290 Mass. 535

April 4, 1935 - April 30, 1935

Court Below: Superior Court, Worcester County

Present: Rugg, C.J., Crosby, Pierce, Lummus, & Qua, JJ.

Negligence, Invited person, Of one owning or controlling real estate, Athletic stand.

One, who was admitted to an athletic stand for a consideration to watch a game and who was injured during the game when a board in a portion of the stand which he obviously was not invited to use gave way under him, could not recover for such injuries in an action of tort against the one owning and controlling the stand where there was nothing to show that the defendant should have anticipated that the plaintiff would use that portion of the stand or would be forced into it by the action of the crowd at the game.

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TORT. Writ dated May 5, 1930.

The action was tried in the Superior Court before Collins, J. Material evidence is stated in the opinion. Subject to leave reserved, a verdict for the plaintiff in the sum of $2,875 was recorded. Thereafter the judge ordered entered a verdict for the defendant. The plaintiff alleged exceptions.

F. P. Ryan, for the plaintiff.

S. B. Milton, for the defendant.

LUMMUS, J. On November 16, 1929, the plaintiff was admitted, upon a ticket bought by him, to a football game at the Harvard Stadium, which was owned and controlled by the defendant. The seats in the part of the stadium in which he sat were benches made of wooden planks. Each bench was considerably higher than the one in front, so that all might see the game. The plaintiff's seat was on the topmost bench. His feet rested on a plank reserved for walking, between his bench and the one in front. Behind him, at a distance of eighteen inches from the rear of his bench, was the cement rear wall of the stadium. Fastened to that wall, at a distance below the top of the topmost bench variously estimated from six inches to twenty-two inches, was a ledger board not more than a foot wide, running along the wall, and inclined downward from it.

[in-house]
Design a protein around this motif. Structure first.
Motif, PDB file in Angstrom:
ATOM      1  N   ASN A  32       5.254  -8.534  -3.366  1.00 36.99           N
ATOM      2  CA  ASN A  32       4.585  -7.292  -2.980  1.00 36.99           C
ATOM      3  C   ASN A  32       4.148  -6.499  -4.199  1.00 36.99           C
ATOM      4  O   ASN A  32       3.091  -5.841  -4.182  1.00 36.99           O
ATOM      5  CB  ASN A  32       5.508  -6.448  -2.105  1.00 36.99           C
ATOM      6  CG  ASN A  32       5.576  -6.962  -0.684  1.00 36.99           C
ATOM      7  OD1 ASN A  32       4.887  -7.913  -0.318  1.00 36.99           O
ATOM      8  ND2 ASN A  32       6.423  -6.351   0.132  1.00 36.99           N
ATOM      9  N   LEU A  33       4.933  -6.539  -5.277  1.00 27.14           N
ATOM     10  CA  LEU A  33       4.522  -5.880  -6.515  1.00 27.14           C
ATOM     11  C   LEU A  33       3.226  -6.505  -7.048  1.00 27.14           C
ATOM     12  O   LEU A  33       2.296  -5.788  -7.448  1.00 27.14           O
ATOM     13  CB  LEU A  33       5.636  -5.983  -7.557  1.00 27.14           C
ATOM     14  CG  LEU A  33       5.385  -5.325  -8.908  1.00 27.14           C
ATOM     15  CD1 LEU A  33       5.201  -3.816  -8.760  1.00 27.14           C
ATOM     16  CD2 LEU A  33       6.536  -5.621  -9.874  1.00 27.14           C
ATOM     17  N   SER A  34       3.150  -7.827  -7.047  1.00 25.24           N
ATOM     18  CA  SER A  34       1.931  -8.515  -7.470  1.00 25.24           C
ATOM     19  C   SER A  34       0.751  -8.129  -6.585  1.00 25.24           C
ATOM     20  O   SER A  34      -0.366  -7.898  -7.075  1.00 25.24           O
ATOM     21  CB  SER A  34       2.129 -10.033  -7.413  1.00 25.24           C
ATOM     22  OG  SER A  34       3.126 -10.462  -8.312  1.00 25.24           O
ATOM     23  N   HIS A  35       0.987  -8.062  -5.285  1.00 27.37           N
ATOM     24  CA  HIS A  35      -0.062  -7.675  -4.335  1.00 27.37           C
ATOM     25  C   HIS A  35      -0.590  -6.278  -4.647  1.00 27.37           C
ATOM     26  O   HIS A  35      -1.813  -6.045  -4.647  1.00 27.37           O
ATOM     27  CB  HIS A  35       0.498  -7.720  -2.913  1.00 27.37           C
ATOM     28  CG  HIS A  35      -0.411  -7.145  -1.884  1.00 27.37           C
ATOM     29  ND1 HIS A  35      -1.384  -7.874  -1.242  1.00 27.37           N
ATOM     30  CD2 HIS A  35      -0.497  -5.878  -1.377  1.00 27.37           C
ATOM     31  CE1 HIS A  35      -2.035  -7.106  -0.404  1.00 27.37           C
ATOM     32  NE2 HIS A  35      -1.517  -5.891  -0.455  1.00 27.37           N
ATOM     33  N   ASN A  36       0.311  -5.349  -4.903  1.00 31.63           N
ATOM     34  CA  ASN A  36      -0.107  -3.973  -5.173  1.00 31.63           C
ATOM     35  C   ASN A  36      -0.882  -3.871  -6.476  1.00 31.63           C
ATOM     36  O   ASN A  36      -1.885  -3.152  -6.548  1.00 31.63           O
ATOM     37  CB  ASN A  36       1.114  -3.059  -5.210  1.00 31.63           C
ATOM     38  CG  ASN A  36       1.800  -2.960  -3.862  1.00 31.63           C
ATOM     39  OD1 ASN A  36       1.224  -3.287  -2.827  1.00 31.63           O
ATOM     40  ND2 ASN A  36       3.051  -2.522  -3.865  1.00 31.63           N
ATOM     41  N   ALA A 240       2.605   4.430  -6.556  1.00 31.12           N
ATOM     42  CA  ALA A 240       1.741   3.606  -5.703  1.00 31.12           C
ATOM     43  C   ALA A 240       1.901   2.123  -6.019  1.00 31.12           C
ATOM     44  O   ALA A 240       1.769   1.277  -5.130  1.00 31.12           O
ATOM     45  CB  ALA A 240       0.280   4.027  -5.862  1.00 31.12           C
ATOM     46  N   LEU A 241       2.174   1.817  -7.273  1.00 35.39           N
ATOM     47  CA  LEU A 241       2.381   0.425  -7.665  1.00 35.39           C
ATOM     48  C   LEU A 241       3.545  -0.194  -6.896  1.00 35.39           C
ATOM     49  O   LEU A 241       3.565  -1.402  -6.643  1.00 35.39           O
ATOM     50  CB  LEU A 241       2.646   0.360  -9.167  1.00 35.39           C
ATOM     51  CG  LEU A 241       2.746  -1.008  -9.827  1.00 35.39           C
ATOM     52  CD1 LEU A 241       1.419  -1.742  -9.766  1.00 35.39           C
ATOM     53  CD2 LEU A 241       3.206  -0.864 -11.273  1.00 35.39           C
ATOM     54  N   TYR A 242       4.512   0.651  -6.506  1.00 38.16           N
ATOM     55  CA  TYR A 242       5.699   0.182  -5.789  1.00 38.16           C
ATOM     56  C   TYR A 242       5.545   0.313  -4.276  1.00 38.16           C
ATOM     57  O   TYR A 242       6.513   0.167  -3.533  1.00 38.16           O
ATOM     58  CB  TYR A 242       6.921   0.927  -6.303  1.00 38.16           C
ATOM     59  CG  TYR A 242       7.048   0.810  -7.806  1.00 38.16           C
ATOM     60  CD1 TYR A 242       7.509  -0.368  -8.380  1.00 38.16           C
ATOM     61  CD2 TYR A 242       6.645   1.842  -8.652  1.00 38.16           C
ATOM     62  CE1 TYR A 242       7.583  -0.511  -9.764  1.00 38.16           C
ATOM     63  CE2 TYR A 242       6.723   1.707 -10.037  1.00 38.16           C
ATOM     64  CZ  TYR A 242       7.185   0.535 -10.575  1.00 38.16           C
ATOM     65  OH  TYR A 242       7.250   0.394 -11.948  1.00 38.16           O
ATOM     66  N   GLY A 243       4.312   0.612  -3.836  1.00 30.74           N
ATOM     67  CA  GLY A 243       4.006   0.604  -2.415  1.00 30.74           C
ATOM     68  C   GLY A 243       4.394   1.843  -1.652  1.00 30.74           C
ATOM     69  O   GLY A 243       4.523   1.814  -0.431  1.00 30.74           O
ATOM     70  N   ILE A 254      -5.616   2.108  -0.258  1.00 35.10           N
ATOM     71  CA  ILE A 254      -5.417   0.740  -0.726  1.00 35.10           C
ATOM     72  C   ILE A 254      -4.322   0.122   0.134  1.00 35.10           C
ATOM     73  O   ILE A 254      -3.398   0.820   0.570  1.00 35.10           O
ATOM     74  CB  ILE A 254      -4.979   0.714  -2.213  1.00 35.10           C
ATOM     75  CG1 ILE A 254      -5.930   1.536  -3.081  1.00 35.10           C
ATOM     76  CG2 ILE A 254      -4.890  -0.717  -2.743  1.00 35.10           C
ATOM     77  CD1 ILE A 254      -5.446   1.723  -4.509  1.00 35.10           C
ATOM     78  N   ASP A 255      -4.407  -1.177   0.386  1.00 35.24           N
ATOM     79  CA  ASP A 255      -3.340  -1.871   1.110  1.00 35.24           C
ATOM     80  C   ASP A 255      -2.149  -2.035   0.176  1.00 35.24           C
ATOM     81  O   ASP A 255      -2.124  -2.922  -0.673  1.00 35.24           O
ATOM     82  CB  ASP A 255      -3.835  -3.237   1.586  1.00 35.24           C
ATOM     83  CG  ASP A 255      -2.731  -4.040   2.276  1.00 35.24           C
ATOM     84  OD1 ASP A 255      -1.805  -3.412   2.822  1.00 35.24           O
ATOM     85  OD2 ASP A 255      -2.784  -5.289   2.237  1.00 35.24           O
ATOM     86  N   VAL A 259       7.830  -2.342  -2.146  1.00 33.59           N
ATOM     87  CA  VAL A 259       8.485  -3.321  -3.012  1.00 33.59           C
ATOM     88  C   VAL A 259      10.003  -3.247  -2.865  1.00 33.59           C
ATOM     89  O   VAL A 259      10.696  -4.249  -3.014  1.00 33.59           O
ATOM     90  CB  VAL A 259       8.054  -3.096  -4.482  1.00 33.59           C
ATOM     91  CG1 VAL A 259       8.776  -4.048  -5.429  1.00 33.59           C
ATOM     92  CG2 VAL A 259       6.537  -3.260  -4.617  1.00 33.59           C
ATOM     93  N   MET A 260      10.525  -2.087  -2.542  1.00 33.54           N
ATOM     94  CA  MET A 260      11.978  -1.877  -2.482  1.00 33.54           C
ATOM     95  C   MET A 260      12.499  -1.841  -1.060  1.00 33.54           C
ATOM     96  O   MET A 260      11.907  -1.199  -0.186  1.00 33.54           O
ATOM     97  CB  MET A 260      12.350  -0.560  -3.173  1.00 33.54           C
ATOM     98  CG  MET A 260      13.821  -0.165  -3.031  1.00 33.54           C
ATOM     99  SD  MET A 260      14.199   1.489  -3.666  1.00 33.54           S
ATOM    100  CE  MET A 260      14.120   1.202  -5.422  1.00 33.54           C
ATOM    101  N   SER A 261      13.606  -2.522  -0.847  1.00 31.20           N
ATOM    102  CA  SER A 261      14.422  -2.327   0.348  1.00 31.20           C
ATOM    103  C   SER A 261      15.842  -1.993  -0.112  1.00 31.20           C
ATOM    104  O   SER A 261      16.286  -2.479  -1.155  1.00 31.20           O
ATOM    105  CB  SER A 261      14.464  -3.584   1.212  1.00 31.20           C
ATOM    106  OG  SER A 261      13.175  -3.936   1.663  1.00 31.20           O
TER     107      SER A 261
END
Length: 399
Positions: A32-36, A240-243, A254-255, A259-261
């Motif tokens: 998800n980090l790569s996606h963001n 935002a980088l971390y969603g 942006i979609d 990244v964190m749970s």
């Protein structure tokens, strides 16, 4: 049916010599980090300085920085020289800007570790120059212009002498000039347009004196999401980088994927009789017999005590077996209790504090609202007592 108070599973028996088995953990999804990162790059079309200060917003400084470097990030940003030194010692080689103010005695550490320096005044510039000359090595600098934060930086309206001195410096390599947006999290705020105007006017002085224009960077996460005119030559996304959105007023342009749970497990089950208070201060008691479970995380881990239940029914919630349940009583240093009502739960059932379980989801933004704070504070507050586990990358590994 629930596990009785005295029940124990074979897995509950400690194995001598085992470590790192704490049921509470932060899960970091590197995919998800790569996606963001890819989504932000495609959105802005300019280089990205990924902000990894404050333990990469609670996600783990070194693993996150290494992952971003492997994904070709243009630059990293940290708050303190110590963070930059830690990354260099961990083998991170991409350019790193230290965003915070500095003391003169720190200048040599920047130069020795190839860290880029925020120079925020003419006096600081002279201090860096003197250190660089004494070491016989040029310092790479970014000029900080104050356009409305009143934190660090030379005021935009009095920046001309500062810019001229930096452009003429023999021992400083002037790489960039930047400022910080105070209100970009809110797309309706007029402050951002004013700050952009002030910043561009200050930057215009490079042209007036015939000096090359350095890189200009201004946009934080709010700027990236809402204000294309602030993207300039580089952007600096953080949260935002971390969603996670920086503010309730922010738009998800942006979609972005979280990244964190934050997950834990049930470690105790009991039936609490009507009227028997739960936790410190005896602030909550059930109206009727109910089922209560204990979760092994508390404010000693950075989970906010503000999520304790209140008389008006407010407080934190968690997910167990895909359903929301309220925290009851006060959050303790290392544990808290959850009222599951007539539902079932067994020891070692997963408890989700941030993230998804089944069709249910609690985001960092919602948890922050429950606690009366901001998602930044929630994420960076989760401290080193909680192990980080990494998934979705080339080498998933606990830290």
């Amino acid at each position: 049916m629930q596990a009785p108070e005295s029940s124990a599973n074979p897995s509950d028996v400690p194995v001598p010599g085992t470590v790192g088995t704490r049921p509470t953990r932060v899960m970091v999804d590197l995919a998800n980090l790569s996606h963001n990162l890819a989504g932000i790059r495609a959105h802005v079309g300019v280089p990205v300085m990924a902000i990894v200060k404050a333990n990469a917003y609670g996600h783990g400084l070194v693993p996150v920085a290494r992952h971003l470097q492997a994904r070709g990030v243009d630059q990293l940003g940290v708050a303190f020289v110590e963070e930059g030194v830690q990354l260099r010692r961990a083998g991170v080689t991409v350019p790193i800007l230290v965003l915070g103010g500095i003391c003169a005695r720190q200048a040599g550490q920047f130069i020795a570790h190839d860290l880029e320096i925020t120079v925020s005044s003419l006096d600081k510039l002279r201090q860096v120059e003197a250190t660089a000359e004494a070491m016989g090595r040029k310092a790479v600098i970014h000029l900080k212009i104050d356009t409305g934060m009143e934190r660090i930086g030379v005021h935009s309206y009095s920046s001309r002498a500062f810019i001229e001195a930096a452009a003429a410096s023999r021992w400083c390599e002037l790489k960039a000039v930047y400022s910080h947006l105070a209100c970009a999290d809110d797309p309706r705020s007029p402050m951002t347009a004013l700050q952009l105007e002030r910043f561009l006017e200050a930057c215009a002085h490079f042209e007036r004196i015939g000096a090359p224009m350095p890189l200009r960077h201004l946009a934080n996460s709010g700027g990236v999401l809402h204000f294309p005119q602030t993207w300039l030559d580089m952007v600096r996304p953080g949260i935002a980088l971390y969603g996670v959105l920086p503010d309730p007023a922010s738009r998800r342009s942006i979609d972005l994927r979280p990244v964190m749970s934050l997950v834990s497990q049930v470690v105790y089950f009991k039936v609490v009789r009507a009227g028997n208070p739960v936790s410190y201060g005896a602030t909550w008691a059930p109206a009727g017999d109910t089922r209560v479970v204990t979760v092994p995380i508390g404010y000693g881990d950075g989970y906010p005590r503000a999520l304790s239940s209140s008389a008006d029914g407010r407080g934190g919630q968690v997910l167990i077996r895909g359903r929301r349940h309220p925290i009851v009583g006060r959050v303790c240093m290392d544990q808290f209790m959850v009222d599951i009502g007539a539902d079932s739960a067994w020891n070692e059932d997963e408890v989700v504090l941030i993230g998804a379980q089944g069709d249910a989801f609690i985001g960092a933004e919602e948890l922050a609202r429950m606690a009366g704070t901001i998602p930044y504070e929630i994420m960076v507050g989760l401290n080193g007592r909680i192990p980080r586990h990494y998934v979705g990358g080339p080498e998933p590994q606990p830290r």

During an exciting incident in the game, the crowd stood up, the plaintiff stood on the bench on which he had been sitting, the people in front of him pushed him backwards, and he stepped back on the ledger board. The ledger board gave way. He fell, straddling a supporting beam, and was hurt.

On these facts, the verdict for the defendant was rightly entered. Obviously the plaintiff was not invited to make use of the open space behind his bench. The defendant was not required to anticipate that he would do so. Stern v. Swartz, 283 Mass. 436. Neither was it required to anticipate that he would stand on the bench, and thus make it possible for him to be forced back into the open space. Moreover, there was no evidence that the defendant had any reason to anticipate that the crowd would become disorderly and surge against the plaintiff. Alward v.

Page 537

Boston Elevated Railway, 250 Mass. 244. Dullea v. Boston Elevated Railway, 251 Mass. 56. Boyd v. Boston Elevated Railway, 264 Mass. 364. Parker v. Boston Elevated Railway, 273 Mass. 345.

Exceptions overruled.